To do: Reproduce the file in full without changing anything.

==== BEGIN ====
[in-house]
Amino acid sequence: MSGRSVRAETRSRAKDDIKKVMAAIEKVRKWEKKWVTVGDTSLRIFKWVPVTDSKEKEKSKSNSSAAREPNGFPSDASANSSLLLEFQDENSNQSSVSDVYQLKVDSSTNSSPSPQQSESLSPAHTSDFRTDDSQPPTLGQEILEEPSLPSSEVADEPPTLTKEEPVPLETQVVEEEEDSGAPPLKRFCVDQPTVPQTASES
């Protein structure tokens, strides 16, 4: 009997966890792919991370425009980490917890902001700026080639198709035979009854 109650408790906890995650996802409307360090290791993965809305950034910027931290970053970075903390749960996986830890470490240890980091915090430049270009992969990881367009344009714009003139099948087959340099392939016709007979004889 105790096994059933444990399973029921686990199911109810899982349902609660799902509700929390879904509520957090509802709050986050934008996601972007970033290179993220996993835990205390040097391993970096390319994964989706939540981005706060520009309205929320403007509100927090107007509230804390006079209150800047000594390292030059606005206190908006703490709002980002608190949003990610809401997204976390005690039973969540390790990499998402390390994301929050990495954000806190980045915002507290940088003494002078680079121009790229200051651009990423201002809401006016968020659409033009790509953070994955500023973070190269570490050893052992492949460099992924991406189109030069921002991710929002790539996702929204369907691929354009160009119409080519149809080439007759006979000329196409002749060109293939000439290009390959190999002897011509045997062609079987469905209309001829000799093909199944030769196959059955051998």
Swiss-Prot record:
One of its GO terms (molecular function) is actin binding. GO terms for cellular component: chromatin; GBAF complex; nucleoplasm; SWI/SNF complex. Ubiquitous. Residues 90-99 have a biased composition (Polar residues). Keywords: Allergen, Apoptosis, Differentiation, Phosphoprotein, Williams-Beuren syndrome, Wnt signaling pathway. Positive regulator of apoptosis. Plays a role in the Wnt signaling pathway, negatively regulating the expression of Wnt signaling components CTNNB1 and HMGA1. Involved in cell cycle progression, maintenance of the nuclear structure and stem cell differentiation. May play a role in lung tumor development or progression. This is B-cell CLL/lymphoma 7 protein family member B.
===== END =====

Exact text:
[in-house]
Amino acid sequence: MSGRSVRAETRSRAKDDIKKVMAAIEKVRKWEKKWVTVGDTSLRIFKWVPVTDSKEKEKSKSNSSAAREPNGFPSDASANSSLLLEFQDENSNQSSVSDVYQLKVDSSTNSSPSPQQSESLSPAHTSDFRTDDSQPPTLGQEILEEPSLPSSEVADEPPTLTKEEPVPLETQVVEEEEDSGAPPLKRFCVDQPTVPQTASES
């Protein structure tokens, strides 16, 4: 009997966890792919991370425009980490917890902001700026080639198709035979009854 109650408790906890995650996802409307360090290791993965809305950034910027931290970053970075903390749960996986830890470490240890980091915090430049270009992969990881367009344009714009003139099948087959340099392939016709007979004889 105790096994059933444990399973029921686990199911109810899982349902609660799902509700929390879904509520957090509802709050986050934008996601972007970033290179993220996993835990205390040097391993970096390319994964989706939540981005706060520009309205929320403007509100927090107007509230804390006079209150800047000594390292030059606005206190908006703490709002980002608190949003990610809401997204976390005690039973969540390790990499998402390390994301929050990495954000806190980045915002507290940088003494002078680079121009790229200051651009990423201002809401006016968020659409033009790509953070994955500023973070190269570490050893052992492949460099992924991406189109030069921002991710929002790539996702929204369907691929354009160009119409080519149809080439007759006979000329196409002749060109293939000439290009390959190999002897011509045997062609079987469905209309001829000799093909199944030769196959059955051998």
Swiss-Prot record:
One of its GO terms (molecular function) is actin binding. GO terms for cellular component: chromatin; GBAF complex; nucleoplasm; SWI/SNF complex. Ubiquitous. Residues 90-99 have a biased composition (Polar residues). Keywords: Allergen, Apoptosis, Differentiation, Phosphoprotein, Williams-Beuren syndrome, Wnt signaling pathway. Positive regulator of apoptosis. Plays a role in the Wnt signaling pathway, negatively regulating the expression of Wnt signaling components CTNNB1 and HMGA1. Involved in cell cycle progression, maintenance of the nuclear structure and stem cell differentiation. May play a role in lung tumor development or progression. This is B-cell CLL/lymphoma 7 protein family member B.